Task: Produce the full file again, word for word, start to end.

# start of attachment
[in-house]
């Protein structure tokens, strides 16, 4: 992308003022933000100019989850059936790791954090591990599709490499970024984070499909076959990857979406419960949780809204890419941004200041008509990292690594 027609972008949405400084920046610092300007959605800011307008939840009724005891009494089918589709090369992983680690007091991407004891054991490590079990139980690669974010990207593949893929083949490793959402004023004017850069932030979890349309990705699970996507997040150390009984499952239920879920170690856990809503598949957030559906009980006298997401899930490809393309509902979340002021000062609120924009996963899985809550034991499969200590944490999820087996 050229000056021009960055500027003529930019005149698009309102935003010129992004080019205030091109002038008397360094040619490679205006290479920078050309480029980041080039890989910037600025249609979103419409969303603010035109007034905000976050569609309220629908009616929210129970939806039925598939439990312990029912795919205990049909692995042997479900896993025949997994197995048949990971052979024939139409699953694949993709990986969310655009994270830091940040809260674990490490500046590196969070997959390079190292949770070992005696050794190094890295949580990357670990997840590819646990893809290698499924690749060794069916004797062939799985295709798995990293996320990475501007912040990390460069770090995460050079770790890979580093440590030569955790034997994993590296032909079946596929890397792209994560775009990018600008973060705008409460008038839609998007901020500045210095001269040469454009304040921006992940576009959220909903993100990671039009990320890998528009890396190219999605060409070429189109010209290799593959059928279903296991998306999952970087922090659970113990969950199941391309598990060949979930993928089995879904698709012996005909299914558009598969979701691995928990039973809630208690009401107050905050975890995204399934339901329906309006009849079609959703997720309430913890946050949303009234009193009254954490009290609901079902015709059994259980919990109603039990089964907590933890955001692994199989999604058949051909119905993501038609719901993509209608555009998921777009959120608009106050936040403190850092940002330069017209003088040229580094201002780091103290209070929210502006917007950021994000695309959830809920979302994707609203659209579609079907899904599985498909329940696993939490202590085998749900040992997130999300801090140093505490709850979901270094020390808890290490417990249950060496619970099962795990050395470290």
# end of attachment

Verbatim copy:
[in-house]
């Protein structure tokens, strides 16, 4: 992308003022933000100019989850059936790791954090591990599709490499970024984070499909076959990857979406419960949780809204890419941004200041008509990292690594 027609972008949405400084920046610092300007959605800011307008939840009724005891009494089918589709090369992983680690007091991407004891054991490590079990139980690669974010990207593949893929083949490793959402004023004017850069932030979890349309990705699970996507997040150390009984499952239920879920170690856990809503598949957030559906009980006298997401899930490809393309509902979340002021000062609120924009996963899985809550034991499969200590944490999820087996 050229000056021009960055500027003529930019005149698009309102935003010129992004080019205030091109002038008397360094040619490679205006290479920078050309480029980041080039890989910037600025249609979103419409969303603010035109007034905000976050569609309220629908009616929210129970939806039925598939439990312990029912795919205990049909692995042997479900896993025949997994197995048949990971052979024939139409699953694949993709990986969310655009994270830091940040809260674990490490500046590196969070997959390079190292949770070992005696050794190094890295949580990357670990997840590819646990893809290698499924690749060794069916004797062939799985295709798995990293996320990475501007912040990390460069770090995460050079770790890979580093440590030569955790034997994993590296032909079946596929890397792209994560775009990018600008973060705008409460008038839609998007901020500045210095001269040469454009304040921006992940576009959220909903993100990671039009990320890998528009890396190219999605060409070429189109010209290799593959059928279903296991998306999952970087922090659970113990969950199941391309598990060949979930993928089995879904698709012996005909299914558009598969979701691995928990039973809630208690009401107050905050975890995204399934339901329906309006009849079609959703997720309430913890946050949303009234009193009254954490009290609901079902015709059994259980919990109603039990089964907590933890955001692994199989999604058949051909119905993501038609719901993509209608555009998921777009959120608009106050936040403190850092940002330069017209003088040229580094201002780091103290209070929210502006917007950021994000695309959830809920979302994707609203659209579609079907899904599985498909329940696993939490202590085998749900040992997130999300801090140093505490709850979901270094020390808890290490417990249950060496619970099962795990050395470290």